Can I change my business from a C corporation to an S corporation?
Yes. A C corporation may elect S corporation status if it satisfies certain requirements:
- It must be incorporated in the United States
- It must have no more than 100 shareholders (members of a family may be treated as one shareholder)
- Shareholders must be U.S. citizens, resident aliens, estates, other S corporations, or certain qualified trusts
- It can have only one class of stock, although both voting and nonvoting shares of the same class are allowed
- All shareholders must consent to the election in writing
The principal advantage of electing S corporation status is that it allows corporate income to pass through to you and other shareholders and be reported only once as personal income. This avoids the double taxation of C corporation earnings, which are taxed once as corporate profits, and then again as personal income when dividends are distributed to shareholders. In addition, once S corporation status has been elected, you can deduct the corporation's losses against your own personal income up to certain limits.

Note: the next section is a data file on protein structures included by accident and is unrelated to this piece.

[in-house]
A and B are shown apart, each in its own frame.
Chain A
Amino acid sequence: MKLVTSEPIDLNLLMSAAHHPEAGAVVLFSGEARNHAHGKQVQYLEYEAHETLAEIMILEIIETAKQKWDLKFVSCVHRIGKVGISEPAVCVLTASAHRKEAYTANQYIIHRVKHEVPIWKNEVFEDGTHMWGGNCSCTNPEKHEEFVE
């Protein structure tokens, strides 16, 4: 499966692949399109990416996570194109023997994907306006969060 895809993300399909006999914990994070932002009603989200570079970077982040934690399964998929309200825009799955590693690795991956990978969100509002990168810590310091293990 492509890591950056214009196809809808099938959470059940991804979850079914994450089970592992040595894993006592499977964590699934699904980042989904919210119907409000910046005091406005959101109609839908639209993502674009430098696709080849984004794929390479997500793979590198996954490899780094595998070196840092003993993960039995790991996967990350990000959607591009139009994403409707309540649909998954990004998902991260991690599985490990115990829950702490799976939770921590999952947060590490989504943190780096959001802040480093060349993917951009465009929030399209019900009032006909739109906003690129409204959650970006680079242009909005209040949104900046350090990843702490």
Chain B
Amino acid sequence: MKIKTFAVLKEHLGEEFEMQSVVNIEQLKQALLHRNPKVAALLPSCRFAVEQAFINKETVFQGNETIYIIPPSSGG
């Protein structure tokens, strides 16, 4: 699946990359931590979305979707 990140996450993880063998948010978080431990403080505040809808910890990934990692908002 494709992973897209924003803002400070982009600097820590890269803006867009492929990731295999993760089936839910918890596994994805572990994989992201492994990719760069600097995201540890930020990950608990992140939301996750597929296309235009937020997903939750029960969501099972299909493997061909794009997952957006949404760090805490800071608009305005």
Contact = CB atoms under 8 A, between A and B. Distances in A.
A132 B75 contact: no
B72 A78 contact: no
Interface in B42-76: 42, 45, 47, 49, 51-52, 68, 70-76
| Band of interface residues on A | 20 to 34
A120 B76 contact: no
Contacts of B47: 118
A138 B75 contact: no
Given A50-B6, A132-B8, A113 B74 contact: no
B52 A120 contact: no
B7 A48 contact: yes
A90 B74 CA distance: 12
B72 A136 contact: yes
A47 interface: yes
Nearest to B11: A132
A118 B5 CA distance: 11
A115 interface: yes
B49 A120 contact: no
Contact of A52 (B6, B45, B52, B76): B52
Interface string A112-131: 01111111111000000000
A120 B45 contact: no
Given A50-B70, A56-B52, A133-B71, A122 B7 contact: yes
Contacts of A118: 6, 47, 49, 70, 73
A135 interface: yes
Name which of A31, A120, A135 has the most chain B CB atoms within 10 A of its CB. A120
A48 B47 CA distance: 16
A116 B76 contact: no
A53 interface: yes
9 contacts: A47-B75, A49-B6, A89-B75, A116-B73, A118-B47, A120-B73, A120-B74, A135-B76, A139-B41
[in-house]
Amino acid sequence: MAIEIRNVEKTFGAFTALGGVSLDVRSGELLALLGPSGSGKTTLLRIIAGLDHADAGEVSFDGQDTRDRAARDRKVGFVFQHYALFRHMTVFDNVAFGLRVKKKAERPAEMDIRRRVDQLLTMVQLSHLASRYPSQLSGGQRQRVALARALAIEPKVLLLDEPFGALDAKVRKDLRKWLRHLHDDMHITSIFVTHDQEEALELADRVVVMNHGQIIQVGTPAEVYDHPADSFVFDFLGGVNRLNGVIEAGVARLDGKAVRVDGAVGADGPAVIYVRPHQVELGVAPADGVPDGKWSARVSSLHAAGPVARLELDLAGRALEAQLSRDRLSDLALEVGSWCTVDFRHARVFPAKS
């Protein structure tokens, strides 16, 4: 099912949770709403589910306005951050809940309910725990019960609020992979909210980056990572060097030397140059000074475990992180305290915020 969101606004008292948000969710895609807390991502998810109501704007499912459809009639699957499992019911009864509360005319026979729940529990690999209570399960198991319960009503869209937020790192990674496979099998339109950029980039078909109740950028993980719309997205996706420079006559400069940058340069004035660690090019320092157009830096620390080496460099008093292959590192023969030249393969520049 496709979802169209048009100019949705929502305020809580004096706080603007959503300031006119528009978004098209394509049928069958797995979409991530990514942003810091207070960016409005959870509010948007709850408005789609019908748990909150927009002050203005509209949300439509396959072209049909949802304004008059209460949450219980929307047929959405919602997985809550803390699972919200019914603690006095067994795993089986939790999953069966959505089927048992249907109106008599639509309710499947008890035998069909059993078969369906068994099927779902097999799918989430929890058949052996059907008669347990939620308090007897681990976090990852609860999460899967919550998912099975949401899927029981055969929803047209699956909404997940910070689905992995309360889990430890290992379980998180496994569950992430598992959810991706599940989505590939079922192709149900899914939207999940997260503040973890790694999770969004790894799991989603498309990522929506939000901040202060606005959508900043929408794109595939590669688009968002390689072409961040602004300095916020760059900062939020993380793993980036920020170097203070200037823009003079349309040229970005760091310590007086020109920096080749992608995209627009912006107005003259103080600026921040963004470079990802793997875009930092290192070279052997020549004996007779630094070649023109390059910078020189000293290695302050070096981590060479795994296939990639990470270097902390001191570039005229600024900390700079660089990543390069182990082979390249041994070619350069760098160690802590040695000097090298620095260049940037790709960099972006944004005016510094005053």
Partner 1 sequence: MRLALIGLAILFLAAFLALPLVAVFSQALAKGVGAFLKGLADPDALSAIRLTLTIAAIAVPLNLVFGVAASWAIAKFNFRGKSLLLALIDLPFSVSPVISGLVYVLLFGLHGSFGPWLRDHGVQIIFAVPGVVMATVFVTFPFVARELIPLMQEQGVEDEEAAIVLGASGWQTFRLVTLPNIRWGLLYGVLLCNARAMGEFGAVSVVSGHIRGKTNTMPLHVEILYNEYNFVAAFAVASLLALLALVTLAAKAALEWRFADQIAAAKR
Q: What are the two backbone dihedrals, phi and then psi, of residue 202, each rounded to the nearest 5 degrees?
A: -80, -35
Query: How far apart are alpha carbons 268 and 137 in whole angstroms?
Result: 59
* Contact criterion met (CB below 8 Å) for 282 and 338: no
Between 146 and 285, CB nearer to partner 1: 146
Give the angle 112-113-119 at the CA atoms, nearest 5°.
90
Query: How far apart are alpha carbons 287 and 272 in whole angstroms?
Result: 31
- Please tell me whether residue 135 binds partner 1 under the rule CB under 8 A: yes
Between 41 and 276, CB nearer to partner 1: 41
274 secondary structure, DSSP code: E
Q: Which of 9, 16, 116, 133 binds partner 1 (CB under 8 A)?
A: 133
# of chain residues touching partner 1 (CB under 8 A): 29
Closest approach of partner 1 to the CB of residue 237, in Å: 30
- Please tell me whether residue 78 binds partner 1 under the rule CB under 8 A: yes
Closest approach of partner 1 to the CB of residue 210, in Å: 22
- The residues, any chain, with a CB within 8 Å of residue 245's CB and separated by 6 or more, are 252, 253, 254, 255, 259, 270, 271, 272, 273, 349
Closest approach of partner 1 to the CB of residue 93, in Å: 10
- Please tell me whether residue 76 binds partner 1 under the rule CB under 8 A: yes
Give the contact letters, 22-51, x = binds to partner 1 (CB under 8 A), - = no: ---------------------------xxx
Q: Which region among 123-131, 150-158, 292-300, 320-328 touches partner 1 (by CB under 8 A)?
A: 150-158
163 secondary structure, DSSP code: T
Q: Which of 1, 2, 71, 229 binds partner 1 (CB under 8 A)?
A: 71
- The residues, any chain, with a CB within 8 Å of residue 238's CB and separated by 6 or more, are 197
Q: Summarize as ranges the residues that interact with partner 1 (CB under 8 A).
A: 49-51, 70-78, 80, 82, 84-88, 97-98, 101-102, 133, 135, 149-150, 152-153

When a corporation elects S corporation status, it retains that status for all future years unless it revokes or terminates that status. To convert from a C corporation to an S corporation, you must file Form 2553 with the IRS. It should be signed by the person authorized by the corporation to do so and by the shareholders, then filed on or before the 15th day of the 3rd month of the corporation's tax year.
Because of the tax implications of this decision, consult an experienced tax professional before you elect to change from a C corporation to an S corporation.